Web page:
See what's happening with home values in more than 400 metropolitan areas with HSH's Home Value Tracker, just updated though the second quarter of 2022.

See what's happening with home values in more than 400 metropolitan areas with HSH's Home Value Tracker, just updated though the second quarter of 2022.

Buying a Home in the Summer: Pros and Nos

summer home buyingMost people believe that summer is the best time to buy a home. And that the worst time to buy a home is during the winter. There are arguments, though, that summer home buying isn't all its cracked up to be. Much of it depends on your own situation rather than the season. So if you want to buy a home this summer, consider the pros and cons.

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Summer home buying: everybody's looking for a home

First, the bad news. If you're going to buy a home this summer, you're going to have to contend with the summer real estate market. In other words, it's going to be crowded out there. If you find your dream house, you may find that other people also think this residence would be a swell place to live. You could find yourself essentially negotiating not with the home seller but the other person or people trying to buy your dream home, which means you'll pay more than you might have.

More buyers, fewer agents

Because everybody on the planet seems to be looking to buy a home this summer, you may find that your real estate agent is swamped - and can barely make time for you. Granted, this is starting to sound negative, as if summer home buying is the worst thing ever. It's not - but you'll want to keep your expectations and patience in check. And be aware that you're competing for your real estate agent's time with a lot of other buyers, especially if you have a good agent who is in high demand.

Moving may be more expensive

Yet another "fun" thing about the summer home buying season: you may find that your moving company charges more. It's a common practice in this industry. And it's harder to schedule a move when demand is high. It can be a little like hiring an a pool contractor during the summer. Your mover will get around to helping you - eventually.

Just say no to summer vacations

People often go away for a week or more during the summer. Granted, sellers and agents really trying to sell their houses probably won't disappear on a vacation during the busiest time to buy a house. Your real estate agent likely won't disappear on you either. But then, again, you never know, and this is a time when people aren't just going on vacations, but attending weddings and graduations. If you're debating between summer home buying and doing your most serious searching for a house or condo in the fall, the busy nature of the season might be a good reason to hold off. After all, you might want to take a vacation, too.

But, look, it isn't all bad in the summer real estate market. Let's cover a few of the positives.

More houses to buy

Sure, you might be worried about more competition and higher prices, but if you want to buy a home this summer, more people historically sell during this period, so you're going to likely have a better selection. Maybe you don't land your dream home because somebody else bid a higher price. So what? There are three other awesome condos, townhouses and homes you have your eye on.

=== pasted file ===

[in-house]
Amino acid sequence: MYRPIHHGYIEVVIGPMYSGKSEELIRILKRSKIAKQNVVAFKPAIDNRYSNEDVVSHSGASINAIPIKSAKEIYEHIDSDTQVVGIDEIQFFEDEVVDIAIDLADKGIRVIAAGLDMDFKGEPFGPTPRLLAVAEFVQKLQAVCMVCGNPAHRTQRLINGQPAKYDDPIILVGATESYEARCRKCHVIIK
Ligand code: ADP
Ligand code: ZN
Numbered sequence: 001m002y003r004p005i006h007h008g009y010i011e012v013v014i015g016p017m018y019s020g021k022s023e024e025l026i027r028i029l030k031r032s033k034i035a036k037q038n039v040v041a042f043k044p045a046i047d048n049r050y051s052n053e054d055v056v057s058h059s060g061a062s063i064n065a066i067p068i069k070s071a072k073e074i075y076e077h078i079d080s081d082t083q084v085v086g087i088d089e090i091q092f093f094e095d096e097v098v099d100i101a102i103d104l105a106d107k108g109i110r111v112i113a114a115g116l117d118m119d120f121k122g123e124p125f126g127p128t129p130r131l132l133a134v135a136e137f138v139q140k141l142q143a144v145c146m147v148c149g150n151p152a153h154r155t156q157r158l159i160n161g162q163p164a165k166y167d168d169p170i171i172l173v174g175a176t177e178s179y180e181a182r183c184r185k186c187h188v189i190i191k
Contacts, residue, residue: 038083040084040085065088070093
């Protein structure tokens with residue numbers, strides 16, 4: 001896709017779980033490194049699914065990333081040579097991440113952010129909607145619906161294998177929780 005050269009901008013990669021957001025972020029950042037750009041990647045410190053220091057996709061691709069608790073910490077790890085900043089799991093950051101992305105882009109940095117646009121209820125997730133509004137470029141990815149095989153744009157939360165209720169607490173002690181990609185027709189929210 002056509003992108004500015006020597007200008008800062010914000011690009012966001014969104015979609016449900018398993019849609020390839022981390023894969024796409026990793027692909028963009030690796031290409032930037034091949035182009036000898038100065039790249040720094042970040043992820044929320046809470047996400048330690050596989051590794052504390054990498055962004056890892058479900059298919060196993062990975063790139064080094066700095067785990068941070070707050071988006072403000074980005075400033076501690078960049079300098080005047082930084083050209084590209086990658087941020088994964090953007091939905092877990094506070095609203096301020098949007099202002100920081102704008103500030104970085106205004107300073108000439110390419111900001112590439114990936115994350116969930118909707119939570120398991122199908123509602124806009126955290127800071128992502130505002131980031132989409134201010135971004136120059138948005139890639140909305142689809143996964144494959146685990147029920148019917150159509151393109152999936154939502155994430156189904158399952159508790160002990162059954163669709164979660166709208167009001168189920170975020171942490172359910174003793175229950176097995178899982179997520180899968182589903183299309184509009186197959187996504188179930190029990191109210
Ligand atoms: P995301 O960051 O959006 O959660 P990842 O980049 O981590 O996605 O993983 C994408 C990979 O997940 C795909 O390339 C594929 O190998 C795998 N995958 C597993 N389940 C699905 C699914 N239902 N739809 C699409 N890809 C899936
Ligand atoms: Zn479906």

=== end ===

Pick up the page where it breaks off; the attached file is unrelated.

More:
Related: 7 Ways to Land Your Dream Home During the Summer

More daylight to look

You've likely got a day job to tend to, and so you probably can't look at homes all day, every day, but if you're looking for a home in the summer, depending where you live in the country, and how deep in the summer you are, you may have daylight until 9 p.m. or later. Not that you can't view homes in the dark, but it is nice to see the neighborhood and the outside of a house in the clear bright light, or dusk.

No school!

How does that affect you? You haven't stepped in a classroom for some time, presumably. Well, if you have children, or your seller has kids, this is probably a great time to be moving. If you find a house you love, your seller probably won't be fretting about moving out of your dream home until, say, the semester is over. If you both have kids, you both will likely feel more carefree about the move-in date. In fact, if anything, your seller may be in a rush to move out and find a new home before the next school year begins.


In the winter and late fall, the leaves may be off all of the trees. But during the summer, you can really see what it'll be like to spend time in your future yard and neighborhood. True, there are benefits of seeing a prospective house and neighborhood at any time of the year (i.e., so that's what it looks like with all the fallen leaves on the yard), but if you're an outdoorsy person, the summer real estate market may be more appealing.

So should you buy a home this summer? Yes. Unless you feel that the answer is no. There are good reasons for summer home buying, just like there are great reasons for winter home buying, a time with less competition. And your real estate agent might have more bandwidth for you. Really, the best time to make a home purchase is whenever you say it is.

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